We need more housing for some of these folks, we need more mental health facilities for some of these folks. And we need to have the tools to get them up off the streets and into a facility, even if maybe at the beginning they're not willing to go.

LEMON: Yes. And Captain Smith, of course your first priority is what you said today, announcing an investigation into -- at least what you call at least five ambulances recently observed dumping patients from hospitals or facilities on to skid row.

Thank you for joining us today in the CNN NEWSROOM.

SMITH: Thank you.

PHILLIPS: Straight ahead, the nightmare of the Darfur crisis. The firsthand account of an aide worker who traveled to the heart of the killing and suffering. We'll talk to him.

LEMON: Plus, truth or dare? You know who we're talking about. A Malawian official fires back at the father of the boy Madonna's trying to adopt. The latest twist ahead in the CNN NEWSROOM.


PHILLIPS: Oh, yes. Make no bones about it. This will be a historic trip.

Lucy, one of the world's most famous fossils, will tour the United States. It's her first trip outside Ethiopia, where she was found in 1974. And she's only been displayed there twice.

Lucy is 3.2 million years old. She's a homonym of one of other relatives, by the way, who had both ape and human features. Her U.S. tour kicks off next September. LEMON: How many years old is she, 3.2 million?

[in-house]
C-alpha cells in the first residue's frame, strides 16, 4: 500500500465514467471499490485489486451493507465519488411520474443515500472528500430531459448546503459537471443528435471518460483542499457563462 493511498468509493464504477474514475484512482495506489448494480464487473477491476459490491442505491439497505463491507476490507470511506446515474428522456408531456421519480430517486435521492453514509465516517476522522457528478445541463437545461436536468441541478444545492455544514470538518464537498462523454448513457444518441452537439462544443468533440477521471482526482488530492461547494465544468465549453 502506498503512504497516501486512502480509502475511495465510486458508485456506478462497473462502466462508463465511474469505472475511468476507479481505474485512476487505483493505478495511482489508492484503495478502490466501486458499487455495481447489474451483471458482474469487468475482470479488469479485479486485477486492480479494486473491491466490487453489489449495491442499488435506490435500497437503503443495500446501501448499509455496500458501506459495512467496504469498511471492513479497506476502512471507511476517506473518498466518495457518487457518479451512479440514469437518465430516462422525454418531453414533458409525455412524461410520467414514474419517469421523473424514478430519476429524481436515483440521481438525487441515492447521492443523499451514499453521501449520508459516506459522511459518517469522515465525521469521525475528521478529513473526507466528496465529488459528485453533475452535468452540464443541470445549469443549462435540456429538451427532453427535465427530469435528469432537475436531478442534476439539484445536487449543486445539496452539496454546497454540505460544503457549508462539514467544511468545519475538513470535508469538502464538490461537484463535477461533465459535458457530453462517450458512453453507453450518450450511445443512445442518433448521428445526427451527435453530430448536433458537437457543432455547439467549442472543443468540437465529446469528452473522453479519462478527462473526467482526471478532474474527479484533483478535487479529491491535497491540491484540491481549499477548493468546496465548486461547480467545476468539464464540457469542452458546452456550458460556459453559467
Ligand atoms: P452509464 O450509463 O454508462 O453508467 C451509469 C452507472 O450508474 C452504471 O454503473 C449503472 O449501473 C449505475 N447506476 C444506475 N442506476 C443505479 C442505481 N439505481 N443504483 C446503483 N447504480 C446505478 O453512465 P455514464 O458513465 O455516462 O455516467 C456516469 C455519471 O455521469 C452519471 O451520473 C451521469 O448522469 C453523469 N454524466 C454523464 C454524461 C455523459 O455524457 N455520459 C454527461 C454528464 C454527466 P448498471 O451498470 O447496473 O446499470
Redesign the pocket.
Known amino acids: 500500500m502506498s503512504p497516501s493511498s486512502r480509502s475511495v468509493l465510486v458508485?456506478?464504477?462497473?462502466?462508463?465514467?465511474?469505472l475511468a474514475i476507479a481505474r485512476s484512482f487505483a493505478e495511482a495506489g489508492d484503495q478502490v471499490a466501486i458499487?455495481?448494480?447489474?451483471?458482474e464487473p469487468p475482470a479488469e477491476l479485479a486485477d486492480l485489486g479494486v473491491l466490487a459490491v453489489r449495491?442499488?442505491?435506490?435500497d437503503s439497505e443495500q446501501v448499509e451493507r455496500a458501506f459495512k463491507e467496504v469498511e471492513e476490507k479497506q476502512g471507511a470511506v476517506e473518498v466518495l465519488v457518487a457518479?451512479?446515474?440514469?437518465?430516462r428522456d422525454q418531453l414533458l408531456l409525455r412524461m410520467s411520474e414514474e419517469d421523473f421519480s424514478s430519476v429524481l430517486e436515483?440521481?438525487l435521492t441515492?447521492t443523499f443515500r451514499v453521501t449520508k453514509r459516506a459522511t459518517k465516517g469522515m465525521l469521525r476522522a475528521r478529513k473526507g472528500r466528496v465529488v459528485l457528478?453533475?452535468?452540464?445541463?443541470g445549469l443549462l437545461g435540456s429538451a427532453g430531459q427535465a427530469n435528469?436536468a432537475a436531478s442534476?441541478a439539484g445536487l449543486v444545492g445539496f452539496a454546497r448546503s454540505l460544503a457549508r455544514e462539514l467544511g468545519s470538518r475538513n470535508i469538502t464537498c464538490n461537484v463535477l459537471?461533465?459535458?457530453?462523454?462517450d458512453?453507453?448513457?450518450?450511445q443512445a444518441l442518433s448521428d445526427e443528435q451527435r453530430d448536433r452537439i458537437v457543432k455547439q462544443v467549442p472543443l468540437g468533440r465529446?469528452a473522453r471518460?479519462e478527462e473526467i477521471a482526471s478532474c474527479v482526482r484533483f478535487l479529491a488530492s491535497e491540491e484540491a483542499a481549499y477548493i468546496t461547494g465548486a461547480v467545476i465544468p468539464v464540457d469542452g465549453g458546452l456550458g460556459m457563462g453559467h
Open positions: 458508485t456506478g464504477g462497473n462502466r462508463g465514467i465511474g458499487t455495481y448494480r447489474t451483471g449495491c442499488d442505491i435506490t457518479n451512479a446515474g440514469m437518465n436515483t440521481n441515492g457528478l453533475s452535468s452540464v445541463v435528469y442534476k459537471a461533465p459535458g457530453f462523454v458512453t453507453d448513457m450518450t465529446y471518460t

PHILLIPS: That's young. In light years.

LEMON: Yes, we worry about, you know, 40s, 50s -- 50 is the new 30 and all that.

PHILLIPS: There you go.

LEMON: Who cares when you're 3.2 million years old.

Sony is apologizing for the recall of millions of laptop batteries, but is the problem solved? I was going to call it the battery baffoo (ph), some sort of alliteration, but I don't know what to say.

Is it all over, Susan Lisovicz?




LEMON: Well, Americans head to the polls in just two weeks. They'll vote in a year where many candidates are making ethics a big issue.

In a new CNN poll conducted by the Opinion Research Corporation, the Democratic Party has a bit of an edge on that front, but not by much. Forty-nine percent of those surveyed think Democrats have high ethical standards, 46 percent say they don't.

Republicans fare even worse. Forty-six percent say they have high ethical standards, while 52 percent disagree.